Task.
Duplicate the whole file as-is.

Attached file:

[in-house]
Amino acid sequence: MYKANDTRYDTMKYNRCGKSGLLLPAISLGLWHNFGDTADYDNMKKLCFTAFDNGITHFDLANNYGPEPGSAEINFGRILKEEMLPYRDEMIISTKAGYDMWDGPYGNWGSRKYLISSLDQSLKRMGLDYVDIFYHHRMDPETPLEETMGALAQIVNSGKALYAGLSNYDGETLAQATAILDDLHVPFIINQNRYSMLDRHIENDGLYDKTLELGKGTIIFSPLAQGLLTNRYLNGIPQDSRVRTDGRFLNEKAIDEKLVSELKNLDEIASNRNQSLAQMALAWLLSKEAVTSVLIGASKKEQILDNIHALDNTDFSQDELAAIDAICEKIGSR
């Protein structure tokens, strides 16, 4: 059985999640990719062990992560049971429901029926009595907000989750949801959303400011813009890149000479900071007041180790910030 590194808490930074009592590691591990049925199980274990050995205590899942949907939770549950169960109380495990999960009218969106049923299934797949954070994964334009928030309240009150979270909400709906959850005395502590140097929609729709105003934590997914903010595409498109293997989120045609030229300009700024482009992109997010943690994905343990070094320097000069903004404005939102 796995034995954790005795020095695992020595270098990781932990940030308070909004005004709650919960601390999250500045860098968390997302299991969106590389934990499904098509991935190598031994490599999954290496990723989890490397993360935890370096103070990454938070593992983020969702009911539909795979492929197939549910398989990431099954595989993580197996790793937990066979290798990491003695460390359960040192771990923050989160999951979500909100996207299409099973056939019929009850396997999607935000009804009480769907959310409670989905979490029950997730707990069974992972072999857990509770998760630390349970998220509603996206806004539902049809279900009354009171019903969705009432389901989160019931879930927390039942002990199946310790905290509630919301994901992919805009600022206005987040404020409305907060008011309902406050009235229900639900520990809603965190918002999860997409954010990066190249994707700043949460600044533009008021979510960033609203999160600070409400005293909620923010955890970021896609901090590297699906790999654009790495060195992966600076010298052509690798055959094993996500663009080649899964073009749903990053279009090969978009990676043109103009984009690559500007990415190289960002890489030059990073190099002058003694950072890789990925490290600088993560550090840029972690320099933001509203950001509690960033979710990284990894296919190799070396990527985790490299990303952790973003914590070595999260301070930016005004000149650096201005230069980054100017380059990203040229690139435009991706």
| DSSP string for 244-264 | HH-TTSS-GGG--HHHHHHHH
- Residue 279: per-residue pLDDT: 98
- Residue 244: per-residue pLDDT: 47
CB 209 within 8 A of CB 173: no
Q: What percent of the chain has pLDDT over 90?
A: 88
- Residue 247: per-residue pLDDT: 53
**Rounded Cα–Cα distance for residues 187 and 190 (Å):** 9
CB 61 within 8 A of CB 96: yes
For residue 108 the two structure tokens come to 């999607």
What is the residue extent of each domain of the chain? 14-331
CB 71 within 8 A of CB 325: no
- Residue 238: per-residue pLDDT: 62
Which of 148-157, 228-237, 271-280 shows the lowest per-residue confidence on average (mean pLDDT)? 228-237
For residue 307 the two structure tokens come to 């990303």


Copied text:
[in-house]
Amino acid sequence: MYKANDTRYDTMKYNRCGKSGLLLPAISLGLWHNFGDTADYDNMKKLCFTAFDNGITHFDLANNYGPEPGSAEINFGRILKEEMLPYRDEMIISTKAGYDMWDGPYGNWGSRKYLISSLDQSLKRMGLDYVDIFYHHRMDPETPLEETMGALAQIVNSGKALYAGLSNYDGETLAQATAILDDLHVPFIINQNRYSMLDRHIENDGLYDKTLELGKGTIIFSPLAQGLLTNRYLNGIPQDSRVRTDGRFLNEKAIDEKLVSELKNLDEIASNRNQSLAQMALAWLLSKEAVTSVLIGASKKEQILDNIHALDNTDFSQDELAAIDAICEKIGSR
């Protein structure tokens, strides 16, 4: 059985999640990719062990992560049971429901029926009595907000989750949801959303400011813009890149000479900071007041180790910030 590194808490930074009592590691591990049925199980274990050995205590899942949907939770549950169960109380495990999960009218969106049923299934797949954070994964334009928030309240009150979270909400709906959850005395502590140097929609729709105003934590997914903010595409498109293997989120045609030229300009700024482009992109997010943690994905343990070094320097000069903004404005939102 796995034995954790005795020095695992020595270098990781932990940030308070909004005004709650919960601390999250500045860098968390997302299991969106590389934990499904098509991935190598031994490599999954290496990723989890490397993360935890370096103070990454938070593992983020969702009911539909795979492929197939549910398989990431099954595989993580197996790793937990066979290798990491003695460390359960040192771990923050989160999951979500909100996207299409099973056939019929009850396997999607935000009804009480769907959310409670989905979490029950997730707990069974992972072999857990509770998760630390349970998220509603996206806004539902049809279900009354009171019903969705009432389901989160019931879930927390039942002990199946310790905290509630919301994901992919805009600022206005987040404020409305907060008011309902406050009235229900639900520990809603965190918002999860997409954010990066190249994707700043949460600044533009008021979510960033609203999160600070409400005293909620923010955890970021896609901090590297699906790999654009790495060195992966600076010298052509690798055959094993996500663009080649899964073009749903990053279009090969978009990676043109103009984009690559500007990415190289960002890489030059990073190099002058003694950072890789990925490290600088993560550090840029972690320099933001509203950001509690960033979710990284990894296919190799070396990527985790490299990303952790973003914590070595999260301070930016005004000149650096201005230069980054100017380059990203040229690139435009991706």
| DSSP string for 244-264 | HH-TTSS-GGG--HHHHHHHH
- Residue 279: per-residue pLDDT: 98
- Residue 244: per-residue pLDDT: 47
CB 209 within 8 A of CB 173: no
Q: What percent of the chain has pLDDT over 90?
A: 88
- Residue 247: per-residue pLDDT: 53
**Rounded Cα–Cα distance for residues 187 and 190 (Å):** 9
CB 61 within 8 A of CB 96: yes
For residue 108 the two structure tokens come to 């999607």
What is the residue extent of each domain of the chain? 14-331
CB 71 within 8 A of CB 325: no
- Residue 238: per-residue pLDDT: 62
Which of 148-157, 228-237, 271-280 shows the lowest per-residue confidence on average (mean pLDDT)? 228-237
For residue 307 the two structure tokens come to 């990303």